28 Network Intrusion Prevention Design Guide: Using IBM Security Network IPS
IBM is constantly attempting to look one step ahead and blend research
experience with leading-edge technology and services with developed intelligence.
Figure 1-5 illustrates this blended attempt.
Figure 1-5 IBM Security Systems: Blended approach of research, technology, solutions, and services
IBM provides a powerful portfolio of products and services focused on threat
mitigation in the network, on the host, and at endpoint levels.
1.4.3 Vulnerability management
Besides threat management, vulnerability management is another vital
component in the security operations portfolio of an organization. Vulnerability
management consists of the following major functional areas:
Vulnerabilities in a system can be the results of an array of reasons. Computer
users might use weak passwords that can be discovered by
guessing. Alternatively, they might use the same password in many applications
where the exposure of one of these applications can lead to a potential
compromise of many systems.
Vulnerabilities can also be caused by fundamental operating system design flaws
where designers choose to enforce suboptimal policies on user or application
management. For example, operating systems with a
default permit policy grant
Chapter 1. Business context for threat and vulnerability management 29
every program and every user full access to the entire computer. Such an
operating system flaw can allow malware to run commands at an administrator
When talking about vulnerabilities, most people immediately think about a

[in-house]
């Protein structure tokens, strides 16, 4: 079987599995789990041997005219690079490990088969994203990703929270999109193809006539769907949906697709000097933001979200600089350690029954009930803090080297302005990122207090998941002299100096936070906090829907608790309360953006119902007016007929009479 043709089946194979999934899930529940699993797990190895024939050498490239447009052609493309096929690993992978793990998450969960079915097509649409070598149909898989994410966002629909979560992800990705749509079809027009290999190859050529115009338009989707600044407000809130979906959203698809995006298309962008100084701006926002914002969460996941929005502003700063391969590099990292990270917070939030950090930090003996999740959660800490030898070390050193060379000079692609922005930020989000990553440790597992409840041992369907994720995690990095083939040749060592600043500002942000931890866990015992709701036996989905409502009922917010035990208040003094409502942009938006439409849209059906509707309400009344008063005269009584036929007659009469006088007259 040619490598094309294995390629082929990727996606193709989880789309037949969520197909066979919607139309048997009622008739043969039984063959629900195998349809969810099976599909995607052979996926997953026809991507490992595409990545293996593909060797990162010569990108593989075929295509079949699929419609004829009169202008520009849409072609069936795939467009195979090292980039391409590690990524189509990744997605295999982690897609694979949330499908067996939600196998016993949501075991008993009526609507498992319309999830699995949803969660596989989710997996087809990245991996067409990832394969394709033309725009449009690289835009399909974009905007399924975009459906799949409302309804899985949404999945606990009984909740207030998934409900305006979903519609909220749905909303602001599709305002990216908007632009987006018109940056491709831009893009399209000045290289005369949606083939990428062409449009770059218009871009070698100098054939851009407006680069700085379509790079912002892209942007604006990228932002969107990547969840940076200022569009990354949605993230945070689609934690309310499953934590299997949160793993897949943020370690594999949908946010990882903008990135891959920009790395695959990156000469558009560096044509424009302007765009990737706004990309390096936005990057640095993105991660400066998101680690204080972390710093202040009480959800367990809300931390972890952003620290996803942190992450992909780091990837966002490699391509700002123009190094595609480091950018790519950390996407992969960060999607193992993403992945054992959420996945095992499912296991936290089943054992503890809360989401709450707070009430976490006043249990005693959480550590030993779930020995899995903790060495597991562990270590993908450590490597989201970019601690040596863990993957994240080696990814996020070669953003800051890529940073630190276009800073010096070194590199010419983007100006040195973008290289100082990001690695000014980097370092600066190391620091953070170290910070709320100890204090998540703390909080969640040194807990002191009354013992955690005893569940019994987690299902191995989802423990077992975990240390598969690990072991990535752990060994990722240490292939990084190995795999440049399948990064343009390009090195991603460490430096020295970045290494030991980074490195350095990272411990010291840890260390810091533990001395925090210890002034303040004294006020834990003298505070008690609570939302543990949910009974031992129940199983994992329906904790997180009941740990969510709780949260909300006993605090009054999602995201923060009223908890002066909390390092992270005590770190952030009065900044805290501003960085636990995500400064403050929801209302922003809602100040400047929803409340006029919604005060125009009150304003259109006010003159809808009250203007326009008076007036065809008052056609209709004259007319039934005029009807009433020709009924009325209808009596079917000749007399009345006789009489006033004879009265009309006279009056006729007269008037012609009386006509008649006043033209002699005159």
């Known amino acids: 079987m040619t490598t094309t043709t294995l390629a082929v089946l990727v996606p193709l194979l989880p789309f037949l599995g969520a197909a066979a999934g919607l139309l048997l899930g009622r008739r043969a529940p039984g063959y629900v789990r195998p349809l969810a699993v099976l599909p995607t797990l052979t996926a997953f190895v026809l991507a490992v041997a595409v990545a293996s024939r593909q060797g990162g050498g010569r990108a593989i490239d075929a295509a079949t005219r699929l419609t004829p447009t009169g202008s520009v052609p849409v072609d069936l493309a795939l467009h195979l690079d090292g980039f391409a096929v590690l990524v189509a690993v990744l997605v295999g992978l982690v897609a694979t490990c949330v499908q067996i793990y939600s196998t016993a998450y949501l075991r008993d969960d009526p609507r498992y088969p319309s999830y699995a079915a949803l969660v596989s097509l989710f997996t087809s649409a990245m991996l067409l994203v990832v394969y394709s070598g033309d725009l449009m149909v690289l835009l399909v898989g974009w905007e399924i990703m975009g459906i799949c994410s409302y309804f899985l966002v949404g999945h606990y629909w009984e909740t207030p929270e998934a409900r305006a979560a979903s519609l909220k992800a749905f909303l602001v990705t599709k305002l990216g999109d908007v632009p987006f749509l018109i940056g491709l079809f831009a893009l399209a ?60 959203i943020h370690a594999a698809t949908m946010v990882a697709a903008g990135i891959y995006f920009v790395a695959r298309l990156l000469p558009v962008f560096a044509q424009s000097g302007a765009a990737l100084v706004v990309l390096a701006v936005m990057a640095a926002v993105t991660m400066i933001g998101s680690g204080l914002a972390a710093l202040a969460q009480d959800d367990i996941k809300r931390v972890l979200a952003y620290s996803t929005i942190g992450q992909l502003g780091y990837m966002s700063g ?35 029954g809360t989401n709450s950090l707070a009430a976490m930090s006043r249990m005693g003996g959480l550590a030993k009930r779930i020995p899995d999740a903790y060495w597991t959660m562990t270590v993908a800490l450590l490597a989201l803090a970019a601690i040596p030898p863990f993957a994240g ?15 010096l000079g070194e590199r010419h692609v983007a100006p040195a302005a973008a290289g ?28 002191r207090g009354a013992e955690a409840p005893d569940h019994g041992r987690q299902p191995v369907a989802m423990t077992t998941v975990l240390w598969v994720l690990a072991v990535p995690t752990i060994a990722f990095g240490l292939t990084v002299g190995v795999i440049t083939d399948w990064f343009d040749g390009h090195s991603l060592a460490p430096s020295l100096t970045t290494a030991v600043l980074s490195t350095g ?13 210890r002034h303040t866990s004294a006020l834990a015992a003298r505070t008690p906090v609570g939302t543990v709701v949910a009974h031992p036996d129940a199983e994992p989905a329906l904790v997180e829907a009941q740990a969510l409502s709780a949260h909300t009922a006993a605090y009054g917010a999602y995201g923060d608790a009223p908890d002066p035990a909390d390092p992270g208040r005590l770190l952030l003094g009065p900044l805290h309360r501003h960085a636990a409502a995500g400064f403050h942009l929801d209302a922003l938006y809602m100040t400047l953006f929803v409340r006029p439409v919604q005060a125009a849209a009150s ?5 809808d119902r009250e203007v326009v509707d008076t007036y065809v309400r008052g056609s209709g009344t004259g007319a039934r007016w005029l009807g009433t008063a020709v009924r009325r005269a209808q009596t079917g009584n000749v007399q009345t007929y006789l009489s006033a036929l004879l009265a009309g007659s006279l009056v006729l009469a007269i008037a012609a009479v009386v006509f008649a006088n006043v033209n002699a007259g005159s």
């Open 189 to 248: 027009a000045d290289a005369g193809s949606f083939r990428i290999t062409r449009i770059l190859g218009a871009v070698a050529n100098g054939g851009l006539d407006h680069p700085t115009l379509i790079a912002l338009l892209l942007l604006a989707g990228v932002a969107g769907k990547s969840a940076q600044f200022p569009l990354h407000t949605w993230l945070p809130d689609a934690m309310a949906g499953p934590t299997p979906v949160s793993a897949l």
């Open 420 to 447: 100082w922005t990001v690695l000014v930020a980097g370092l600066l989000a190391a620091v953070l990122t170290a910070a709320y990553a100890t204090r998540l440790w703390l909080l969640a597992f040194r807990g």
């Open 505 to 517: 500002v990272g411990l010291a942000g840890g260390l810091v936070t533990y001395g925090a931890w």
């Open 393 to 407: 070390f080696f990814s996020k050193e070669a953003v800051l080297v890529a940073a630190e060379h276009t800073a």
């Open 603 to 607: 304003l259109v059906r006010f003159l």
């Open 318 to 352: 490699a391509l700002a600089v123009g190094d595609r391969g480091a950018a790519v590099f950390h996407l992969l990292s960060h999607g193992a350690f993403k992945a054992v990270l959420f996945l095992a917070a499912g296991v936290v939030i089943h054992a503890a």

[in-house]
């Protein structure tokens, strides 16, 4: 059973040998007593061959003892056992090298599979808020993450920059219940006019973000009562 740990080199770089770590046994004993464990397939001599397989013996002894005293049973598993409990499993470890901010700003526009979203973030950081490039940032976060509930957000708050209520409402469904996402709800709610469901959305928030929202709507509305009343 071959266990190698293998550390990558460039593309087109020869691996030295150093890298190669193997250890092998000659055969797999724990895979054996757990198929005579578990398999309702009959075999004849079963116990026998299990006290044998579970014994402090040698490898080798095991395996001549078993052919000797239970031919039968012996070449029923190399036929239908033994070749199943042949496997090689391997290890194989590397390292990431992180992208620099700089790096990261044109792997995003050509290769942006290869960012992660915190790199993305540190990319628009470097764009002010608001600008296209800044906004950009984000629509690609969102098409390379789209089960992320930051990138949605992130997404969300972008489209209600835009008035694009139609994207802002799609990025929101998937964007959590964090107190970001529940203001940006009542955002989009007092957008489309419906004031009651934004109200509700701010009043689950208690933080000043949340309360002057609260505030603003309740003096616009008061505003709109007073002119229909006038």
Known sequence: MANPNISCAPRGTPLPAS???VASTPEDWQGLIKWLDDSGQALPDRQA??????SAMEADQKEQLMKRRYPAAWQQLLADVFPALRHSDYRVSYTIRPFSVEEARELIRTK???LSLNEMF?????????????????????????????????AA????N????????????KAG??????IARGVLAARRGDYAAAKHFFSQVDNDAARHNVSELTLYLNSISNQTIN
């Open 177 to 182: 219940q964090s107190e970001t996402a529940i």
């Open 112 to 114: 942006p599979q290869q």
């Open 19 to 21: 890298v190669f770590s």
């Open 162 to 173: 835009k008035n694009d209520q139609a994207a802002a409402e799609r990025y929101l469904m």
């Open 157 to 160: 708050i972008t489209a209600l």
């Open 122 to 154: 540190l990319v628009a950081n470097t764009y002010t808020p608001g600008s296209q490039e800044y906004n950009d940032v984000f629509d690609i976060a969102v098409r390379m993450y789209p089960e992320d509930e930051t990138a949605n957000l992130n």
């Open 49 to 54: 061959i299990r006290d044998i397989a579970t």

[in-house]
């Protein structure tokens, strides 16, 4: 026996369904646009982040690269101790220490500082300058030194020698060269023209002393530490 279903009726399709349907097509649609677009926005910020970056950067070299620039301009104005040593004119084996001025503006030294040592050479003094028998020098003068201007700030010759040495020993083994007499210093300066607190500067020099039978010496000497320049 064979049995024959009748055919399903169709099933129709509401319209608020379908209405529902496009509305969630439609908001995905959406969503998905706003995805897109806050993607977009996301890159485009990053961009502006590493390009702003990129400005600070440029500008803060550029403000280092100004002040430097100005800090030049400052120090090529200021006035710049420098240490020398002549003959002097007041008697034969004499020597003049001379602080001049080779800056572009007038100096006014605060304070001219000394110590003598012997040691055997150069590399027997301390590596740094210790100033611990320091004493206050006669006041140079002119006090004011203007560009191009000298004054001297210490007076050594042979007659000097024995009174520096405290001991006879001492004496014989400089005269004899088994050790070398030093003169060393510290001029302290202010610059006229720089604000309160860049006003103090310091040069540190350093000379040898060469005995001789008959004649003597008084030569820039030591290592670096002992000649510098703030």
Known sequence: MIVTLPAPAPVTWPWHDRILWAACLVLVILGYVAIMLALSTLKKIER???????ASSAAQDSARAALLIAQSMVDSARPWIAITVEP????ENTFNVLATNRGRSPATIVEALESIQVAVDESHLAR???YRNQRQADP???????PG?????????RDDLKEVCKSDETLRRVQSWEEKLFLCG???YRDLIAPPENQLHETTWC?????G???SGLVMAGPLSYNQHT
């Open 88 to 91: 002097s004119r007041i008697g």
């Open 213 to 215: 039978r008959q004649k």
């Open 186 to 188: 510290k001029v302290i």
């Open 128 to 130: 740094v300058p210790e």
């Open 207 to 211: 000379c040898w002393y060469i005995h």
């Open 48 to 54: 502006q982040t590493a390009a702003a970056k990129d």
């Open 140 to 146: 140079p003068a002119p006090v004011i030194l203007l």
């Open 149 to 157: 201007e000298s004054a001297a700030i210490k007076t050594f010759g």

programming bug that might get used. The software bug might allow an attacker
to misuse an application by bypassing access control checks or running
privileged commands on the system that is hosting the application. Another
common programming error is the failure to check the size of data buffers. This
error can lead to a buffer overflow, causing corruption of the stack, or heap areas
of memory. In turn, they can cause the computer to run malicious code injected
by the attacker.
One more type of vulnerability exists when an application falsely assumes that all
user input is safe and fails to perform adequate
. Programs that do
not check user input can allow unintended direct execution of injected malicious
code. A few of the most well-known forms of injecting malicious statements are
targeting databases and
, where a malicious
client-side script gets inserted in the code of a trusted web application.
These vulnerabilities have in common that they can pose a risk to the
organization. As the administrator for your organization, you want to reduce this
risk by mitigating the threat they pose.
A need for vulnerability management
New vulnerabilities are discovered every day in all sorts of operating systems,
software, and web applications. Databases can be compromised, networking
devices can be attacked, and web applications can have vulnerabilities coded in
them. In a world where exploit code for the latest vulnerabilities is sold on the
black market and conveniently packaged in malware toolkits, the amount of
threats continues to increase.
You can significantly reduce the number of vulnerabilities that can creep into
applications that you create yourself. For example, you can use source code
checking tools, such as IBM Rational® AppScan® Source Edition, and use IBM
experts to analyze your preproduction web applications with Rational AppScan
Reference information: For more information about the Rational AppScan
family of products, see the IBM Redguide™ publication Improving Your Web
Application Software Development Life Cycle's Security Posture with IBM
Rational AppScan, REDP-4530. See also the Rational AppScan Product line